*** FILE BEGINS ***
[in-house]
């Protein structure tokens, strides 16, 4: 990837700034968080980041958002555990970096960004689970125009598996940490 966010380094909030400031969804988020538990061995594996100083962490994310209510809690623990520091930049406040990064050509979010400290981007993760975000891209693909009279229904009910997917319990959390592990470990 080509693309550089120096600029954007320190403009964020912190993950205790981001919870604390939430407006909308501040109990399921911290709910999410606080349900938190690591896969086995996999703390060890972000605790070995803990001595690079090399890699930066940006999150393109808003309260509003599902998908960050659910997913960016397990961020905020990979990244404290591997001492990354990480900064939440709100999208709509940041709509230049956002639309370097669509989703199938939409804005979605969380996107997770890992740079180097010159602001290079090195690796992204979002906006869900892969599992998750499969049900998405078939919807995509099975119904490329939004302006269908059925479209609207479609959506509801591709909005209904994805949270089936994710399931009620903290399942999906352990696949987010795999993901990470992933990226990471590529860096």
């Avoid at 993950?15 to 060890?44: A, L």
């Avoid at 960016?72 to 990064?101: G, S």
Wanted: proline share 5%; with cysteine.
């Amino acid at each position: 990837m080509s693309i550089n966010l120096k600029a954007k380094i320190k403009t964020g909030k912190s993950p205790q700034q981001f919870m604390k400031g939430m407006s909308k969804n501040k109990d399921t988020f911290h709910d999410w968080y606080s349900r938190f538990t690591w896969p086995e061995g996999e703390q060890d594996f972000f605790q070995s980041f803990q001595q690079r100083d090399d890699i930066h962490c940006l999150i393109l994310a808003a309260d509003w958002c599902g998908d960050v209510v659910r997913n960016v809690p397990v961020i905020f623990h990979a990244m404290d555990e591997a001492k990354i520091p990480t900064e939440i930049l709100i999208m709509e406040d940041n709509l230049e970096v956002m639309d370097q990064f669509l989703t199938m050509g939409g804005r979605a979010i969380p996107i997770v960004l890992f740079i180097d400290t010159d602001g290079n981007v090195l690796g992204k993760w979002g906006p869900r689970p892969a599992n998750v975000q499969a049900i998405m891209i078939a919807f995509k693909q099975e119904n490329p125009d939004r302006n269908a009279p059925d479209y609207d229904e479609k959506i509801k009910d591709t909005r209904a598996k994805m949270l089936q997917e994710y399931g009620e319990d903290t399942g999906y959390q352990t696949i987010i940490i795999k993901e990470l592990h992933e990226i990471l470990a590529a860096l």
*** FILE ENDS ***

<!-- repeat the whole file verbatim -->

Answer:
[in-house]
């Protein structure tokens, strides 16, 4: 990837700034968080980041958002555990970096960004689970125009598996940490 966010380094909030400031969804988020538990061995594996100083962490994310209510809690623990520091930049406040990064050509979010400290981007993760975000891209693909009279229904009910997917319990959390592990470990 080509693309550089120096600029954007320190403009964020912190993950205790981001919870604390939430407006909308501040109990399921911290709910999410606080349900938190690591896969086995996999703390060890972000605790070995803990001595690079090399890699930066940006999150393109808003309260509003599902998908960050659910997913960016397990961020905020990979990244404290591997001492990354990480900064939440709100999208709509940041709509230049956002639309370097669509989703199938939409804005979605969380996107997770890992740079180097010159602001290079090195690796992204979002906006869900892969599992998750499969049900998405078939919807995509099975119904490329939004302006269908059925479209609207479609959506509801591709909005209904994805949270089936994710399931009620903290399942999906352990696949987010795999993901990470992933990226990471590529860096």
């Avoid at 993950?15 to 060890?44: A, L």
């Avoid at 960016?72 to 990064?101: G, S």
Wanted: proline share 5%; with cysteine.
């Amino acid at each position: 990837m080509s693309i550089n966010l120096k600029a954007k380094i320190k403009t964020g909030k912190s993950p205790q700034q981001f919870m604390k400031g939430m407006s909308k969804n501040k109990d399921t988020f911290h709910d999410w968080y606080s349900r938190f538990t690591w896969p086995e061995g996999e703390q060890d594996f972000f605790q070995s980041f803990q001595q690079r100083d090399d890699i930066h962490c940006l999150i393109l994310a808003a309260d509003w958002c599902g998908d960050v209510v659910r997913n960016v809690p397990v961020i905020f623990h990979a990244m404290d555990e591997a001492k990354i520091p990480t900064e939440i930049l709100i999208m709509e406040d940041n709509l230049e970096v956002m639309d370097q990064f669509l989703t199938m050509g939409g804005r979605a979010i969380p996107i997770v960004l890992f740079i180097d400290t010159d602001g290079n981007v090195l690796g992204k993760w979002g906006p869900r689970p892969a599992n998750v975000q499969a049900i998405m891209i078939a919807f995509k693909q099975e119904n490329p125009d939004r302006n269908a009279p059925d479209y609207d229904e479609k959506i509801k009910d591709t909005r209904a598996k994805m949270l089936q997917e994710y399931g009620e319990d903290t399942g999906y959390q352990t696949i987010i940490i795999k993901e990470l592990h992933e990226i990471l470990a590529a860096l």